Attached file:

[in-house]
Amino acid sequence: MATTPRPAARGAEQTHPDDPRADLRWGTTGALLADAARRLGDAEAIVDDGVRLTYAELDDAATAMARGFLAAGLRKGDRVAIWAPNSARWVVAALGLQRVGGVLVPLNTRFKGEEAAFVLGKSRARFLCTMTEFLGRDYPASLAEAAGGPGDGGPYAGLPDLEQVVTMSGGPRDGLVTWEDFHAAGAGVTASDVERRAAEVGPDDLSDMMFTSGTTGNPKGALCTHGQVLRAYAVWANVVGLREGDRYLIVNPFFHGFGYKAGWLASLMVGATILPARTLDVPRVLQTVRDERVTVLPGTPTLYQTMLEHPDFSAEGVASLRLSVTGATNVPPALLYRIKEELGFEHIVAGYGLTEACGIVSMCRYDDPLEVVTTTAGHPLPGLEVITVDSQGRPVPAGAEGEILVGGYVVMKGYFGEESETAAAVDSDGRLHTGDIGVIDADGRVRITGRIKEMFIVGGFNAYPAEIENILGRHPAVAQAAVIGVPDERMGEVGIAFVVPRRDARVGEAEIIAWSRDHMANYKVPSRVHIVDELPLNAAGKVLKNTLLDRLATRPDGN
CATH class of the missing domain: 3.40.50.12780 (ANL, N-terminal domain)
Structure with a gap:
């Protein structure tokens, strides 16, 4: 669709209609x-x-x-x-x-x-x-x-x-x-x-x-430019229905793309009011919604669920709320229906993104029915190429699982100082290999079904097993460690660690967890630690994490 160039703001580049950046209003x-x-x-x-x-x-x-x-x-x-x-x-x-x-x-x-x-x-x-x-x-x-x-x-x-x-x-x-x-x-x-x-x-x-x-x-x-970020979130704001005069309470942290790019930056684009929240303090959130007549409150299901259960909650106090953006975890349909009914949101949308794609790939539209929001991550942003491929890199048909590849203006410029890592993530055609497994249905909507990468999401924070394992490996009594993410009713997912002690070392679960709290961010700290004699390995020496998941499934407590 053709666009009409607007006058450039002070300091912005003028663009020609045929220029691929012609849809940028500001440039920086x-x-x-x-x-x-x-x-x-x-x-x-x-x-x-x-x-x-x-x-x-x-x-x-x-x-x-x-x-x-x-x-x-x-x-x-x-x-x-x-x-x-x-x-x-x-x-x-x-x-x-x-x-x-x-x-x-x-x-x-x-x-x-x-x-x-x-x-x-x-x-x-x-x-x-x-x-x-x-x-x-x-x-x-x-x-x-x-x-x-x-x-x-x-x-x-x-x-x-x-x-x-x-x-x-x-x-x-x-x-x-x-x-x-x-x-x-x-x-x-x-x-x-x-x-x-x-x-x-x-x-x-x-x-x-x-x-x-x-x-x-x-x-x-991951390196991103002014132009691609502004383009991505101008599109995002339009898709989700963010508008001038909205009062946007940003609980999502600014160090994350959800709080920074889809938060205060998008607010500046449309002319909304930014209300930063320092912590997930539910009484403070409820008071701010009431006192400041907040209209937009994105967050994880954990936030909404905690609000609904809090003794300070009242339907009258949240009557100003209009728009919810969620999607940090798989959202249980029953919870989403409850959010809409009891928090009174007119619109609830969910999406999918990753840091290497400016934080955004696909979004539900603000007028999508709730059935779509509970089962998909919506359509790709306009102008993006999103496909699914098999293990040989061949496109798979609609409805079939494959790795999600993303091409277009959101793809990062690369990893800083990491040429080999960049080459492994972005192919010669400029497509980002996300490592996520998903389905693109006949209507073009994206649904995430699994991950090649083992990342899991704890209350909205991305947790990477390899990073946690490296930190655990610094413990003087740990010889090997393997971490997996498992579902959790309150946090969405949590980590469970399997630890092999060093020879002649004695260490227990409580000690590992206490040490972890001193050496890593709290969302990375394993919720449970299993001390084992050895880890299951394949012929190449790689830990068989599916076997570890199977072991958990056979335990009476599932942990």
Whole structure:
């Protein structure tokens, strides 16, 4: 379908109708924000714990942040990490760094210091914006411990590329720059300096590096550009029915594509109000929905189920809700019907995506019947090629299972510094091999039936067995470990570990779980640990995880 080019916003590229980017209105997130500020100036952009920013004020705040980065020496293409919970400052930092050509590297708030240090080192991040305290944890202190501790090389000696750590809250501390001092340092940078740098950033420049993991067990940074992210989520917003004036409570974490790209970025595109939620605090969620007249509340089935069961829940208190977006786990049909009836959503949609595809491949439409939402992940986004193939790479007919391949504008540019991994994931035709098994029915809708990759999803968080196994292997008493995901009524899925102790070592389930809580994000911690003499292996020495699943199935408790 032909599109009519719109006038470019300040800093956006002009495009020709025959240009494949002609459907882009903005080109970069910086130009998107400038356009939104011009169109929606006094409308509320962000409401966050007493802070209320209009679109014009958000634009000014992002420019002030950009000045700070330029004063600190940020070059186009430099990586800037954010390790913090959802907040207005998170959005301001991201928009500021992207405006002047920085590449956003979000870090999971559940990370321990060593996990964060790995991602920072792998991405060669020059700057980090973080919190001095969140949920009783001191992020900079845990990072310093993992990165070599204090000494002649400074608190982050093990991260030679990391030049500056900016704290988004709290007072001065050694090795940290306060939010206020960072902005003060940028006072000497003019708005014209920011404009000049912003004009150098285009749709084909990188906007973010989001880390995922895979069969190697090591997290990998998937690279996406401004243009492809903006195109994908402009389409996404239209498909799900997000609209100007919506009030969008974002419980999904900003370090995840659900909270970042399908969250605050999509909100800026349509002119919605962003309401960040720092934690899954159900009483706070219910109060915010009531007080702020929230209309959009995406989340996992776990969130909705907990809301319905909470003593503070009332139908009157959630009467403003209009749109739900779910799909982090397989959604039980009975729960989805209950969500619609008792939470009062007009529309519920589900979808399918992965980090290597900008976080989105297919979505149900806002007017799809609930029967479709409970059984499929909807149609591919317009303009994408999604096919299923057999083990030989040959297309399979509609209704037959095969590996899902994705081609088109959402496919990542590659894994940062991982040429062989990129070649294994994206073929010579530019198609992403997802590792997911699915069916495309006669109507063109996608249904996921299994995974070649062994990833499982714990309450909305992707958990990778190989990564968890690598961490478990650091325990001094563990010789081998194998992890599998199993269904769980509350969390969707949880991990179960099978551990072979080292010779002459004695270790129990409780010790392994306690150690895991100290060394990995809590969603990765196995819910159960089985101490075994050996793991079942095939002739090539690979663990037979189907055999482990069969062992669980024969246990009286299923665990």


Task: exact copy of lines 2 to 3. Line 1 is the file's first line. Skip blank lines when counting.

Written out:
Amino acid sequence: MATTPRPAARGAEQTHPDDPRADLRWGTTGALLADAARRLGDAEAIVDDGVRLTYAELDDAATAMARGFLAAGLRKGDRVAIWAPNSARWVVAALGLQRVGGVLVPLNTRFKGEEAAFVLGKSRARFLCTMTEFLGRDYPASLAEAAGGPGDGGPYAGLPDLEQVVTMSGGPRDGLVTWEDFHAAGAGVTASDVERRAAEVGPDDLSDMMFTSGTTGNPKGALCTHGQVLRAYAVWANVVGLREGDRYLIVNPFFHGFGYKAGWLASLMVGATILPARTLDVPRVLQTVRDERVTVLPGTPTLYQTMLEHPDFSAEGVASLRLSVTGATNVPPALLYRIKEELGFEHIVAGYGLTEACGIVSMCRYDDPLEVVTTTAGHPLPGLEVITVDSQGRPVPAGAEGEILVGGYVVMKGYFGEESETAAAVDSDGRLHTGDIGVIDADGRVRITGRIKEMFIVGGFNAYPAEIENILGRHPAVAQAAVIGVPDERMGEVGIAFVVPRRDARVGEAEIIAWSRDHMANYKVPSRVHIVDELPLNAAGKVLKNTLLDRLATRPDGN
CATH class of the missing domain: 3.40.50.12780 (ANL, N-terminal domain)